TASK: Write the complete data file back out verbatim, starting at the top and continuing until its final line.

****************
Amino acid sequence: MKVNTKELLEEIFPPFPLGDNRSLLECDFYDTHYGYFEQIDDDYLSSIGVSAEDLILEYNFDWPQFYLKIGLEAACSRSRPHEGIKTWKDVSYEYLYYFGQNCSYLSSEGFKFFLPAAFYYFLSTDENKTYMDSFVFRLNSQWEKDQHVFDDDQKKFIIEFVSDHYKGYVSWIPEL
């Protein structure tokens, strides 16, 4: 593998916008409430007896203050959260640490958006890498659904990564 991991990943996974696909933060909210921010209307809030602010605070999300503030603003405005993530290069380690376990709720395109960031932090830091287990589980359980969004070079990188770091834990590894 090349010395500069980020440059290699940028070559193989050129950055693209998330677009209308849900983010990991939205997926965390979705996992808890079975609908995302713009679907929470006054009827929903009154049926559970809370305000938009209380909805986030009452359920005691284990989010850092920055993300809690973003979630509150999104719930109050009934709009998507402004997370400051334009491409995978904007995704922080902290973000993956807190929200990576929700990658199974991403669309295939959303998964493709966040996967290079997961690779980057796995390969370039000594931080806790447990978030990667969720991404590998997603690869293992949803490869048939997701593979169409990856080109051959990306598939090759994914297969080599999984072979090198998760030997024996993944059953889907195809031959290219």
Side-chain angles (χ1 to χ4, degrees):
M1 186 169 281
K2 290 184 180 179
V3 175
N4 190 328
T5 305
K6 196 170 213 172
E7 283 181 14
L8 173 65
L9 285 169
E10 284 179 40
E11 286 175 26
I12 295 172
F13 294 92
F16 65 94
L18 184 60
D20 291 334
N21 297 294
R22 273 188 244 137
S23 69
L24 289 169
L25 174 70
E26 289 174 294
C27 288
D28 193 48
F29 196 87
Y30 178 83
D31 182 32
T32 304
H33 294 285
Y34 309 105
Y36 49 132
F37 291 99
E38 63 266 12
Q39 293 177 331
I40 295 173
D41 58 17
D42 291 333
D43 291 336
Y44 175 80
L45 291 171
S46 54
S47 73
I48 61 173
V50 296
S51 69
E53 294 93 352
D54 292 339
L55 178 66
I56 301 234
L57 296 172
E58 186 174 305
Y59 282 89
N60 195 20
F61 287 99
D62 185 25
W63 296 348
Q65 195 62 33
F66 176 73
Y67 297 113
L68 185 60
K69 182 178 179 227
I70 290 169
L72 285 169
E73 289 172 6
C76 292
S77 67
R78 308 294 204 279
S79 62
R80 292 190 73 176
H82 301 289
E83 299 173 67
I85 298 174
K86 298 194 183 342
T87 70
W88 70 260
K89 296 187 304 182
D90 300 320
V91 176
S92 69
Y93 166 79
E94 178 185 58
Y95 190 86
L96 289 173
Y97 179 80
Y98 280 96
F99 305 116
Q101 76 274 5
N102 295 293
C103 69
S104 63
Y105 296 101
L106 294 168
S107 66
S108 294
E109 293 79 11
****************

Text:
Amino acid sequence: MKVNTKELLEEIFPPFPLGDNRSLLECDFYDTHYGYFEQIDDDYLSSIGVSAEDLILEYNFDWPQFYLKIGLEAACSRSRPHEGIKTWKDVSYEYLYYFGQNCSYLSSEGFKFFLPAAFYYFLSTDENKTYMDSFVFRLNSQWEKDQHVFDDDQKKFIIEFVSDHYKGYVSWIPEL
């Protein structure tokens, strides 16, 4: 593998916008409430007896203050959260640490958006890498659904990564 991991990943996974696909933060909210921010209307809030602010605070999300503030603003405005993530290069380690376990709720395109960031932090830091287990589980359980969004070079990188770091834990590894 090349010395500069980020440059290699940028070559193989050129950055693209998330677009209308849900983010990991939205997926965390979705996992808890079975609908995302713009679907929470006054009827929903009154049926559970809370305000938009209380909805986030009452359920005691284990989010850092920055993300809690973003979630509150999104719930109050009934709009998507402004997370400051334009491409995978904007995704922080902290973000993956807190929200990576929700990658199974991403669309295939959303998964493709966040996967290079997961690779980057796995390969370039000594931080806790447990978030990667969720991404590998997603690869293992949803490869048939997701593979169409990856080109051959990306598939090759994914297969080599999984072979090198998760030997024996993944059953889907195809031959290219």
Side-chain angles (χ1 to χ4, degrees):
M1 186 169 281
K2 290 184 180 179
V3 175
N4 190 328
T5 305
K6 196 170 213 172
E7 283 181 14
L8 173 65
L9 285 169
E10 284 179 40
E11 286 175 26
I12 295 172
F13 294 92
F16 65 94
L18 184 60
D20 291 334
N21 297 294
R22 273 188 244 137
S23 69
L24 289 169
L25 174 70
E26 289 174 294
C27 288
D28 193 48
F29 196 87
Y30 178 83
D31 182 32
T32 304
H33 294 285
Y34 309 105
Y36 49 132
F37 291 99
E38 63 266 12
Q39 293 177 331
I40 295 173
D41 58 17
D42 291 333
D43 291 336
Y44 175 80
L45 291 171
S46 54
S47 73
I48 61 173
V50 296
S51 69
E53 294 93 352
D54 292 339
L55 178 66
I56 301 234
L57 296 172
E58 186 174 305
Y59 282 89
N60 195 20
F61 287 99
D62 185 25
W63 296 348
Q65 195 62 33
F66 176 73
Y67 297 113
L68 185 60
K69 182 178 179 227
I70 290 169
L72 285 169
E73 289 172 6
C76 292
S77 67
R78 308 294 204 279
S79 62
R80 292 190 73 176
H82 301 289
E83 299 173 67
I85 298 174
K86 298 194 183 342
T87 70
W88 70 260
K89 296 187 304 182
D90 300 320
V91 176
S92 69
Y93 166 79
E94 178 185 58
Y95 190 86
L96 289 173
Y97 179 80
Y98 280 96
F99 305 116
Q101 76 274 5
N102 295 293
C103 69
S104 63
Y105 296 101
L106 294 168
S107 66
S108 294
E109 293 79 11